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Amec divides in two as sell-off plan gains pace

Amec has officially split the company internally into an energy and process division and a UK infrastructure and construction arm.

Two separate management teams have been set up to run the different businesses ahead of a proposed sell-off of the infrastructure side in September.

Both teams will present their business plans to the main Amec board by the end of August.

An Amec source said: 'The businesses have been formally separated under the different management teams and this could lead to a demerger of the UK infrastructure business. 'The infrastructure team will finalise its business plan in the next few months before it is presented to the main board, which will make a decision about its future.'

The move is the latest stage in Amec's demerger plans following the £707 million sale of French engineering arm Amec Spie to private equity investor PAI last week. Four European contracting giants were in the hunt for Spie but PAI beat them to the prize.

Amec's UK managing director Mike Straughen is overseeing the restructure and John Early heads the UK infrastructure team as chairman. Under him will be John Moss, who will lead design and project services, and Graham Ludlow, at building facilities services.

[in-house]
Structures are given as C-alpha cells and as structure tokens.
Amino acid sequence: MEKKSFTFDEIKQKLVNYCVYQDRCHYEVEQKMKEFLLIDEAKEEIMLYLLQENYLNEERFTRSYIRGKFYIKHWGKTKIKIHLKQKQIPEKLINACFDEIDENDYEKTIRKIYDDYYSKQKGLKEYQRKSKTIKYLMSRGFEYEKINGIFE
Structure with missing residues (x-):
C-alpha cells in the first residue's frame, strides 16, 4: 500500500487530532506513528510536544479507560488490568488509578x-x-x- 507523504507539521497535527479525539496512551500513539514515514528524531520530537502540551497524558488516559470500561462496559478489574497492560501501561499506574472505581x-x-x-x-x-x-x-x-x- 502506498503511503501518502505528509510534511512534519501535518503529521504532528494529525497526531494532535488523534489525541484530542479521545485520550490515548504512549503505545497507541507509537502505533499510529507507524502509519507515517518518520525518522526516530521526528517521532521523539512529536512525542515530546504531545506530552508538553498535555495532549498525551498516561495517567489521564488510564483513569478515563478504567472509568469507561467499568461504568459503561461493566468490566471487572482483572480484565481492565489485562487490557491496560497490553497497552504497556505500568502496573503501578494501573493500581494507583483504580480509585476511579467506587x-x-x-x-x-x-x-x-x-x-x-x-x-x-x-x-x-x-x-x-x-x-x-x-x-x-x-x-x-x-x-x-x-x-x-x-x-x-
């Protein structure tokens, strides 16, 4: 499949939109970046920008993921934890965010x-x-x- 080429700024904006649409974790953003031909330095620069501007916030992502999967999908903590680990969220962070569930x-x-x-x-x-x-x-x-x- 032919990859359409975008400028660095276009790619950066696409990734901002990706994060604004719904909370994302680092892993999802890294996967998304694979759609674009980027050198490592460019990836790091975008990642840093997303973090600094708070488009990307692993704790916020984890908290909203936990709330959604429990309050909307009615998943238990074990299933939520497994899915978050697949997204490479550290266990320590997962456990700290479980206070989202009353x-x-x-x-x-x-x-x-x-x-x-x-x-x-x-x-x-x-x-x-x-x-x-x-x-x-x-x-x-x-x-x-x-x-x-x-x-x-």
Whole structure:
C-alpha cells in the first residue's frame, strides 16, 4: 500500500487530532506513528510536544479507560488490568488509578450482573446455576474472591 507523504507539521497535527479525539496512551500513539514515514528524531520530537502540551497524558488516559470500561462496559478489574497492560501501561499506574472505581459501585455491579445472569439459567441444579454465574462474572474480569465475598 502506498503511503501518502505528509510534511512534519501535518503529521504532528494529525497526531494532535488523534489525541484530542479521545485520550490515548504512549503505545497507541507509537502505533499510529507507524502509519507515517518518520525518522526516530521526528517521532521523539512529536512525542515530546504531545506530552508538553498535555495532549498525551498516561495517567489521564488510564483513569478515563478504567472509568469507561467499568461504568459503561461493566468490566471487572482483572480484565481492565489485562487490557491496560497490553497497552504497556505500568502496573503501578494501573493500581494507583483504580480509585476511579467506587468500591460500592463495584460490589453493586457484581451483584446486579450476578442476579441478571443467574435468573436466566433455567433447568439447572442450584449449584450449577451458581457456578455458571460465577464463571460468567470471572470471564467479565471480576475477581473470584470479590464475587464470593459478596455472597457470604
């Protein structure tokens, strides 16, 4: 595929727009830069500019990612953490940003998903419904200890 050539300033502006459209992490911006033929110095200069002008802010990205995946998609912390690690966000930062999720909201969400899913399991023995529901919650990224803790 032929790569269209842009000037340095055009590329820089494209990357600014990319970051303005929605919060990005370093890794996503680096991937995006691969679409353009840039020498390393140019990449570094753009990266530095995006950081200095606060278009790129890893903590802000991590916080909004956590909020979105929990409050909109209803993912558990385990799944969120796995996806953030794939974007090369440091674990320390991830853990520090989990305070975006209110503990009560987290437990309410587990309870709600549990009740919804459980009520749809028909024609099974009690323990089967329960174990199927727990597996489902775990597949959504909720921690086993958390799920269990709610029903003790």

The infrastructure arm will focus on three main areas - investment, construction design and delivery and building/facilities management. Last year the business turned over £1.2 billion with profits of £21.4 million. The energy and process division will be headed by chief executive Sir Peter Mason and will also concentrate on three divisions - energy and mining, power and process and environmental consulting. One analyst said: 'It looks like it will be an interesting few months at Amec but the smart money has to be on a sell-off of the infrastructure and construction arm.

'It has been moving away from that sector for some time and it would leave the board with the energy and process side to concentrate on, which is sure to offer a lot of future opportunities including the UK nuclear market.'